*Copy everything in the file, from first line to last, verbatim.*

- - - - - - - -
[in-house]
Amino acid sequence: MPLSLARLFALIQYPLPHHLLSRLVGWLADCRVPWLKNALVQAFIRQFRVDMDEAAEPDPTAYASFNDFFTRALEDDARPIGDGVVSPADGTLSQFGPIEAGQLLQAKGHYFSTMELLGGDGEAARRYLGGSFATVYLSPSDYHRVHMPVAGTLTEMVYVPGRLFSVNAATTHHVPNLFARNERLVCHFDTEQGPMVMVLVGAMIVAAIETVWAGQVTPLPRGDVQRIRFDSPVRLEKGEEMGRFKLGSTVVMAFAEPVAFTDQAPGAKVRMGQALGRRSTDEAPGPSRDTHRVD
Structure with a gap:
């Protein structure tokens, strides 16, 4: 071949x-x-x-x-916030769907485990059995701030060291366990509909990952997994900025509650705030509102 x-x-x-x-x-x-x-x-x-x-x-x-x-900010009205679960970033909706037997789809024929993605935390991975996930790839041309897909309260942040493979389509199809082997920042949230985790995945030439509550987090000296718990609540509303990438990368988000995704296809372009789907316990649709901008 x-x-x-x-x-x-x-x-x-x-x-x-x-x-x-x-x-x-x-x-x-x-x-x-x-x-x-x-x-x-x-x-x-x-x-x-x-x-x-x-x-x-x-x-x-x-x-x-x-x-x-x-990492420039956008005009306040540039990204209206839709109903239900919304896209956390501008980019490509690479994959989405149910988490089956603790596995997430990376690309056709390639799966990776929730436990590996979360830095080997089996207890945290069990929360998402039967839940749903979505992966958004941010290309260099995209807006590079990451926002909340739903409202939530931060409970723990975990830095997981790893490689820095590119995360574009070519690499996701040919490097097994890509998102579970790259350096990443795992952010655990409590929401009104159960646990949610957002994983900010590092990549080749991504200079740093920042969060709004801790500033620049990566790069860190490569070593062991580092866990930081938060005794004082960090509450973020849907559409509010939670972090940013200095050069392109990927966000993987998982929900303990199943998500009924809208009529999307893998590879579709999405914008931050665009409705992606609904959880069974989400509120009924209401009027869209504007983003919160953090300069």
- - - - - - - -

[in-house]
Amino acid sequence: MPLSLARLFALIQYPLPHHLLSRLVGWLADCRVPWLKNALVQAFIRQFRVDMDEAAEPDPTAYASFNDFFTRALEDDARPIGDGVVSPADGTLSQFGPIEAGQLLQAKGHYFSTMELLGGDGEAARRYLGGSFATVYLSPSDYHRVHMPVAGTLTEMVYVPGRLFSVNAATTHHVPNLFARNERLVCHFDTEQGPMVMVLVGAMIVAAIETVWAGQVTPLPRGDVQRIRFDSPVRLEKGEEMGRFKLGSTVVMAFAEPVAFTDQAPGAKVRMGQALGRRSTDEAPGPSRDTHRVD
Structure with a gap:
């Protein structure tokens, strides 16, 4: 071949x-x-x-x-916030769907485990059995701030060291366990509909990952997994900025509650705030509102 x-x-x-x-x-x-x-x-x-x-x-x-x-900010009205679960970033909706037997789809024929993605935390991975996930790839041309897909309260942040493979389509199809082997920042949230985790995945030439509550987090000296718990609540509303990438990368988000995704296809372009789907316990649709901008 x-x-x-x-x-x-x-x-x-x-x-x-x-x-x-x-x-x-x-x-x-x-x-x-x-x-x-x-x-x-x-x-x-x-x-x-x-x-x-x-x-x-x-x-x-x-x-x-x-x-x-x-990492420039956008005009306040540039990204209206839709109903239900919304896209956390501008980019490509690479994959989405149910988490089956603790596995997430990376690309056709390639799966990776929730436990590996979360830095080997089996207890945290069990929360998402039967839940749903979505992966958004941010290309260099995209807006590079990451926002909340739903409202939530931060409970723990975990830095997981790893490689820095590119995360574009070519690499996701040919490097097994890509998102579970790259350096990443795992952010655990409590929401009104159960646990949610957002994983900010590092990549080749991504200079740093920042969060709004801790500033620049990566790069860190490569070593062991580092866990930081938060005794004082960090509450973020849907559409509010939670972090940013200095050069392109990927966000993987998982929900303990199943998500009924809208009529999307893998590879579709999405914008931050665009409705992606609904959880069974989400509120009924209401009027869209504007983003919160953090300069």